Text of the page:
4 Ways to Get Out of Debt Fast (+ mistakes to avoid)

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Cut up your credit cards

Credit cards aren’t inherently evil like some people think. They can be a useful tool, but right now they’re no good to you if you’re in unmanageable debt.

While you’re clearing debt, the number one mistake you want to avoid is adding to that debt.

Some people get into the mentality that the more they pay off, the more they can put right back on that credit card. Don’t do this! You’re just making it so much harder for yourself.

Instead, you need to say goodbye to those credit cards and create a spending plan that does not involve relying on them. 

Create a practical, sustainable budget

If credit is a necessary part of your day-to-day budget, that needs to stop right here. 

It’s definitely easier said than done if you’re used to relying on debt, but with a practical budget, you can start to claw back some control of your money.

Step one in creating a budget is to do a full look at your income and outgoings. What cash do you have to work with? What are you spending and where can you cut back comfortably?

There are all sorts of budgets out there you can try. I like the 50/30/20 one, which allocates 50% of your income to needs (e.g. rent, insurance, groceries), 30% to wants (fun stuff, yes you can still have fun on a budget). And then there’s 20% to savings (retirement accounts, vacation fund). 

If that one doesn’t work for you, find one that does. Remember, for a budget method to work, it needs to be right for you. It needs to be sustainable long-term. 

That means you don’t want a budget that forces you to give up everything you love, because, let’s face it, you won’t stick to it. 

Should You Consolidate Your Debt?

At some point, you’ve probably considered consolidating your debt. There are a few benefits to this:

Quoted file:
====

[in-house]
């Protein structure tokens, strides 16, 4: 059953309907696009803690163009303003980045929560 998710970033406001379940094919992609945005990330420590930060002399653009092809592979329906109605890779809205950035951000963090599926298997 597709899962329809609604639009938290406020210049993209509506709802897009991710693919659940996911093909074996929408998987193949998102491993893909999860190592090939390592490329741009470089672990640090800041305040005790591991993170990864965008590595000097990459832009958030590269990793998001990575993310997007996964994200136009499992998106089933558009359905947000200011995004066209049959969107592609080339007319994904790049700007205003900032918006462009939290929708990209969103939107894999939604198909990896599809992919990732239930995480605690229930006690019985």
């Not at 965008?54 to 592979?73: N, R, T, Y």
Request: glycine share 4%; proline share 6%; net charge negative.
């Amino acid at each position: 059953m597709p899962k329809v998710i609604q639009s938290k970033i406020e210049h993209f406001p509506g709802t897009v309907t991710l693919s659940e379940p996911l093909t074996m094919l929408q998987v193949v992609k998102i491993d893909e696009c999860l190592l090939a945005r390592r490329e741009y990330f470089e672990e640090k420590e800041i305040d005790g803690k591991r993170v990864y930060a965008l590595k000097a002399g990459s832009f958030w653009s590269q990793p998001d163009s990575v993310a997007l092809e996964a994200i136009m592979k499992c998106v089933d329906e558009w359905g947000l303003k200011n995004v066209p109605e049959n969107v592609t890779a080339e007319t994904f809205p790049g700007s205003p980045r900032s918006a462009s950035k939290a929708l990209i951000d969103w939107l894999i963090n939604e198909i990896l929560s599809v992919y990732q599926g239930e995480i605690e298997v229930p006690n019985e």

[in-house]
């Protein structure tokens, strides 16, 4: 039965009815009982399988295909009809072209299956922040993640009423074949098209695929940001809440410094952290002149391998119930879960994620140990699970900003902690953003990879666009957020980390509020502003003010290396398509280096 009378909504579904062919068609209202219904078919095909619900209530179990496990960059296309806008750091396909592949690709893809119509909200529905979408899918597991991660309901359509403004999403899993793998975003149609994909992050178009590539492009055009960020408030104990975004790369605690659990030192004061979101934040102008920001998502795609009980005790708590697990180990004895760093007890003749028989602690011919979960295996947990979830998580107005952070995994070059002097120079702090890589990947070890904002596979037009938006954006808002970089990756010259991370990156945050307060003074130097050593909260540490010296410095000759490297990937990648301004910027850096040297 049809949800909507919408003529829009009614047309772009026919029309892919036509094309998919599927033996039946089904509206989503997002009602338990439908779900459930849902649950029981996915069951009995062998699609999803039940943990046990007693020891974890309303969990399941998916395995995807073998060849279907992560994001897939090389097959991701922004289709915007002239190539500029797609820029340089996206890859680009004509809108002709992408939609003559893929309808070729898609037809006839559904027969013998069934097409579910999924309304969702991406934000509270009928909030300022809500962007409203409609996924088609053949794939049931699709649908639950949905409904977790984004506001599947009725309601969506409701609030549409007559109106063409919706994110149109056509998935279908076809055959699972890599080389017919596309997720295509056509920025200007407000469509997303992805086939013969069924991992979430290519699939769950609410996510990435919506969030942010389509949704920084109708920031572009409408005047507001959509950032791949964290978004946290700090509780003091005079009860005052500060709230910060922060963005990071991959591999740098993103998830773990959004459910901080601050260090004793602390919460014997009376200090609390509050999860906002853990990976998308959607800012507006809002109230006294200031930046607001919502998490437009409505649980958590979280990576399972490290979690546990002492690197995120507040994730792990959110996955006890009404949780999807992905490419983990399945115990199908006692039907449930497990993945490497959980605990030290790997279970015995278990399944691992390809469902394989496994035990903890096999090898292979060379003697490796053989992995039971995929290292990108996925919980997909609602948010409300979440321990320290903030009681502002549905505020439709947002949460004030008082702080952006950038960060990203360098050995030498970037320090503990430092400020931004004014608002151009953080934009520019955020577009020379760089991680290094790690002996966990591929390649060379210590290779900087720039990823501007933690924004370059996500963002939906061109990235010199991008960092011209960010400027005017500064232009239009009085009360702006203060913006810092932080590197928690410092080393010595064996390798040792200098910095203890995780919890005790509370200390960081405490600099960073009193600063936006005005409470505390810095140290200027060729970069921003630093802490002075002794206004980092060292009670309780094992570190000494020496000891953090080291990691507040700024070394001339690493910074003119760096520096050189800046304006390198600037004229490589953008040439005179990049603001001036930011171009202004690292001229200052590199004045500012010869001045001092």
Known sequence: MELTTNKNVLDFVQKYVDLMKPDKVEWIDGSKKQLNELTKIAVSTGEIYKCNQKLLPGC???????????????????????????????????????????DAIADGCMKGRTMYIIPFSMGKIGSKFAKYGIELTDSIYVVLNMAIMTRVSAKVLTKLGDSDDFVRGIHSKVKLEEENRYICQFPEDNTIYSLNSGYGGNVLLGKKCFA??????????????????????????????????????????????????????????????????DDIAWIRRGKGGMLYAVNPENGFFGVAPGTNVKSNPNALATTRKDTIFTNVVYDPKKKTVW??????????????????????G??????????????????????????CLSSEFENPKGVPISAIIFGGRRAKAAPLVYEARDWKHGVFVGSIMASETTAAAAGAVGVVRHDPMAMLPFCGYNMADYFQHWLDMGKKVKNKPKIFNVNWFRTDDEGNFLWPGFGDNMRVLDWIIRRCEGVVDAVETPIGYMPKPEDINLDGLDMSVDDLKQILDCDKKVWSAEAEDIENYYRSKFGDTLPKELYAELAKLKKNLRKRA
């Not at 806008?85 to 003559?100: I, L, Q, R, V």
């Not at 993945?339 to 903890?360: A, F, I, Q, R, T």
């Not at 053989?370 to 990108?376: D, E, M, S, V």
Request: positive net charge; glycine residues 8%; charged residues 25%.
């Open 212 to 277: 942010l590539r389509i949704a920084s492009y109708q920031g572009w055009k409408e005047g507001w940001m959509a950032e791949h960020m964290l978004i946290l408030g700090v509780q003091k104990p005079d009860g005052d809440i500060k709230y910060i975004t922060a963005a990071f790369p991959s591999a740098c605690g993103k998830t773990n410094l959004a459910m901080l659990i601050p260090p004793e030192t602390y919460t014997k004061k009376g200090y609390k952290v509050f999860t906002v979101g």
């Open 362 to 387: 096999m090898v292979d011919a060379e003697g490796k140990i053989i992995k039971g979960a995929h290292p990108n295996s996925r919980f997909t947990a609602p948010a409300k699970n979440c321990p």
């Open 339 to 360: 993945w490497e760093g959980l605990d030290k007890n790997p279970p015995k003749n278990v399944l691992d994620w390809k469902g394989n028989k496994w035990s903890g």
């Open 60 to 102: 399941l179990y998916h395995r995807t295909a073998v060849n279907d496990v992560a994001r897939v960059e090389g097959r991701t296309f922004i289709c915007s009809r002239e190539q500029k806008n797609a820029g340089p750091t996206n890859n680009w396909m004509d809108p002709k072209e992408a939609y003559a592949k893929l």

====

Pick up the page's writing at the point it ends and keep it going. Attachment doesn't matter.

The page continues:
• It makes managing all your debts simpler
  • You can save on interest

If you have several credit cards or personal loans with high-interest rates, it can make sense to take out new finance, pay off all your debts and leave yourself with just one debt to manage. 

But there are two key things to remember. 

Consolidating your debt is only worth it if you can save money on interest. Moving to a loan with higher interest rates is going to leave you in a worse position, even if it makes managing it simpler. 

Also remember, taking out more finance doesn’t mean you can now spend more. Don’t make the same mistake some people do when they take out a brand new loan, pay off debts and then dump another big purchase on a credit card.

Debt consolidation loans are yet another debt, remember. It’s not a ticket out of debt unless you’re serious about clearing it and staying out of debt.

Avoid These Mistakes When Paying Off Debt

Want to clear debt and stay out of it? Make sure you avoid these common mistakes.

1. Keeping the same old habits

If your spending plan involves credit cards, payday loans, and relying on credit…you guessed it. That needs to stop. You can’t stick with the same old habits because it’ll be so much harder to dig yourself out of debt.